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Interviews

Frank Wess: The Message of Swing

By Published: April 5, 2005
AAJ: During those years with the Basie Orchestra, you and Frank Foster developed a kinship that has carried on into the present day.

FW: Yeah, that's my man. We talk all the time on the phone now. We're damn near an album. Frank hasn't played for a couple of years now, because he had a stroke. But he still writes everyday. He's done some work with the Basie Orchestra and he also did a jazz thing for the Detroit Symphony. Yeah, he's been writing a lot.

AAJ: When you two were on the bandstand together, blowing your respective horns, there seemed to be a playful dynamic between you, at times almost competitive. Was that the case?

FW: No, we were never competitive. We appreciated each other, but it wasn't really competition. Friendly competition, maybe.

AAJ: One of the most important things for Basie was swing. How important is it to you?

FW: It's important for anybody who wants to play jazz. I mean all that other stuff, you can forget it. If you can't tap your foot or dance to it, you may as well be driving a cab. That's what it's all about. When I do clinics, I have the individual instruments play by themselves and I want them to make me dance—make me want to dance, you know. I don't want them to depend on the rhythm section or somebody else for that swing.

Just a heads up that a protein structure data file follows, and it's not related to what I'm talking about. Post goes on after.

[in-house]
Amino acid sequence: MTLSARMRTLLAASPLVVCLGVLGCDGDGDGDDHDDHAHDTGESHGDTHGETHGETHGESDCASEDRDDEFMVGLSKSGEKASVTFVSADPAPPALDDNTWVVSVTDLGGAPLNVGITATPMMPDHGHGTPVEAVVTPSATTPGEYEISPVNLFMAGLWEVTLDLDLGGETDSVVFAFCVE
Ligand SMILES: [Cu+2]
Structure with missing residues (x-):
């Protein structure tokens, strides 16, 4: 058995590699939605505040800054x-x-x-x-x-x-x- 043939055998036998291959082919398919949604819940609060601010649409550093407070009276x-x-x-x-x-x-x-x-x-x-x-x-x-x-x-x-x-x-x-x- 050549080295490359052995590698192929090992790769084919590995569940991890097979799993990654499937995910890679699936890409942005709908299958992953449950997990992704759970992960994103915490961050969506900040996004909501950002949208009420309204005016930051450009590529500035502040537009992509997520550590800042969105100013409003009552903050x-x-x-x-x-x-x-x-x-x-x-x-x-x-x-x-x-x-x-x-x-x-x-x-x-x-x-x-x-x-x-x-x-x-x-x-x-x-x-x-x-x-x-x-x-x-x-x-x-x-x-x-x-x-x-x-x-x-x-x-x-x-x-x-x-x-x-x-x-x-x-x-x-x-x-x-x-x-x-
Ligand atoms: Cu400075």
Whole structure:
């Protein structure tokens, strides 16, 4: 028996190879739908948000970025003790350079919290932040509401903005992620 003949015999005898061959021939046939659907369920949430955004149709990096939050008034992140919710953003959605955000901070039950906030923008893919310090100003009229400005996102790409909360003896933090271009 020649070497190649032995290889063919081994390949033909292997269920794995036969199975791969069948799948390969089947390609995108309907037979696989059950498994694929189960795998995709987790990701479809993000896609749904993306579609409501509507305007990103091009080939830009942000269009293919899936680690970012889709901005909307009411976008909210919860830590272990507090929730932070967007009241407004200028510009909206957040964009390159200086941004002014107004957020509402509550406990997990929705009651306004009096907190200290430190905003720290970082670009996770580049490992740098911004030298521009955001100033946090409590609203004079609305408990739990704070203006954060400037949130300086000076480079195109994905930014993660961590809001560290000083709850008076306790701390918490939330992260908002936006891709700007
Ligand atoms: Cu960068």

AAJ: Do you still practice every day?

FW: Yeah. You have to. I mean, if you're going to play, you have to. It's like physical exercise—if you miss a day, you feel it. If you miss two days, everybody knows it.

AAJ: Do you think you'll ever retire?

FW: Retire? To what? I've never done anything else in my life. I never had a 9 to 5, or none of that—I wouldn't even know where to start. So you just do what you know how to do.

Recommended Listening:
Frank Wess—Flutes and Reeds (Savoy, 1955)
Count Basie—April in Paris (Verve, 1955)
Count Basie—And the Kansas City Seven (MCA-Impulse, 1962)
New York Jazz Quartet—Blues for Sarka (Enja-Inner City, 1978)
Frank Wess—Surprise! Surprise! (Chiaroscuro, 1996)
One More—Music of Thad Jones (IPO Recordings, 2005)


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